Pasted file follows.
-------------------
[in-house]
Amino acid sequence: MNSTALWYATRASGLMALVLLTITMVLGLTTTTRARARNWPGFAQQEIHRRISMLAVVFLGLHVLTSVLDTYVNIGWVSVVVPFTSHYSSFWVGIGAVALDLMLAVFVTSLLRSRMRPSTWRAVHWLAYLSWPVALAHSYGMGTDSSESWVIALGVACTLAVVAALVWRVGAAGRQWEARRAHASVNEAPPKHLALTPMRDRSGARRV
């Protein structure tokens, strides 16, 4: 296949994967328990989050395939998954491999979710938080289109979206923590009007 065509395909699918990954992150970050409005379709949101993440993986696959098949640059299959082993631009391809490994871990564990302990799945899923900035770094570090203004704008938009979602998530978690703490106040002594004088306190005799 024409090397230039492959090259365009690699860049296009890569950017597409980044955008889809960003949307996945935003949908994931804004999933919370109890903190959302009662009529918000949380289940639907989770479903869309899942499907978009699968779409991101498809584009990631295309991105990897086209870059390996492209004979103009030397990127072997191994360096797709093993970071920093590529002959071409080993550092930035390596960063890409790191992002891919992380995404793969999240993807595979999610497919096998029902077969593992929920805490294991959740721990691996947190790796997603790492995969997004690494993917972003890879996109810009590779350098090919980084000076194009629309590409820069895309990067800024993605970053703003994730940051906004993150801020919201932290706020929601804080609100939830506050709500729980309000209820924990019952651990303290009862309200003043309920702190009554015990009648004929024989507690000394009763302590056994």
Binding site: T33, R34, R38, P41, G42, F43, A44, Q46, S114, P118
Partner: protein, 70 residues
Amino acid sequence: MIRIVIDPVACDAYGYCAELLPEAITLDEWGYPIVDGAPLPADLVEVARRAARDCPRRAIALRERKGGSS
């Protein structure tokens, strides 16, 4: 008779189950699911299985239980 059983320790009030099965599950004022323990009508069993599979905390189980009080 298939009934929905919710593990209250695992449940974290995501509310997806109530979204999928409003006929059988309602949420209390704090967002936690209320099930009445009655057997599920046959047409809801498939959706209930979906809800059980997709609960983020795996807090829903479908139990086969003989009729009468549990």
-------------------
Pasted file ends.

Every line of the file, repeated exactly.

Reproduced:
[in-house]
Amino acid sequence: MNSTALWYATRASGLMALVLLTITMVLGLTTTTRARARNWPGFAQQEIHRRISMLAVVFLGLHVLTSVLDTYVNIGWVSVVVPFTSHYSSFWVGIGAVALDLMLAVFVTSLLRSRMRPSTWRAVHWLAYLSWPVALAHSYGMGTDSSESWVIALGVACTLAVVAALVWRVGAAGRQWEARRAHASVNEAPPKHLALTPMRDRSGARRV
């Protein structure tokens, strides 16, 4: 296949994967328990989050395939998954491999979710938080289109979206923590009007 065509395909699918990954992150970050409005379709949101993440993986696959098949640059299959082993631009391809490994871990564990302990799945899923900035770094570090203004704008938009979602998530978690703490106040002594004088306190005799 024409090397230039492959090259365009690699860049296009890569950017597409980044955008889809960003949307996945935003949908994931804004999933919370109890903190959302009662009529918000949380289940639907989770479903869309899942499907978009699968779409991101498809584009990631295309991105990897086209870059390996492209004979103009030397990127072997191994360096797709093993970071920093590529002959071409080993550092930035390596960063890409790191992002891919992380995404793969999240993807595979999610497919096998029902077969593992929920805490294991959740721990691996947190790796997603790492995969997004690494993917972003890879996109810009590779350098090919980084000076194009629309590409820069895309990067800024993605970053703003994730940051906004993150801020919201932290706020929601804080609100939830506050709500729980309000209820924990019952651990303290009862309200003043309920702190009554015990009648004929024989507690000394009763302590056994």
Binding site: T33, R34, R38, P41, G42, F43, A44, Q46, S114, P118
Partner: protein, 70 residues
Amino acid sequence: MIRIVIDPVACDAYGYCAELLPEAITLDEWGYPIVDGAPLPADLVEVARRAARDCPRRAIALRERKGGSS
């Protein structure tokens, strides 16, 4: 008779189950699911299985239980 059983320790009030099965599950004022323990009508069993599979905390189980009080 298939009934929905919710593990209250695992449940974290995501509310997806109530979204999928409003006929059988309602949420209390704090967002936690209320099930009445009655057997599920046959047409809801498939959706209930979906809800059980997709609960983020795996807090829903479908139990086969003989009729009468549990």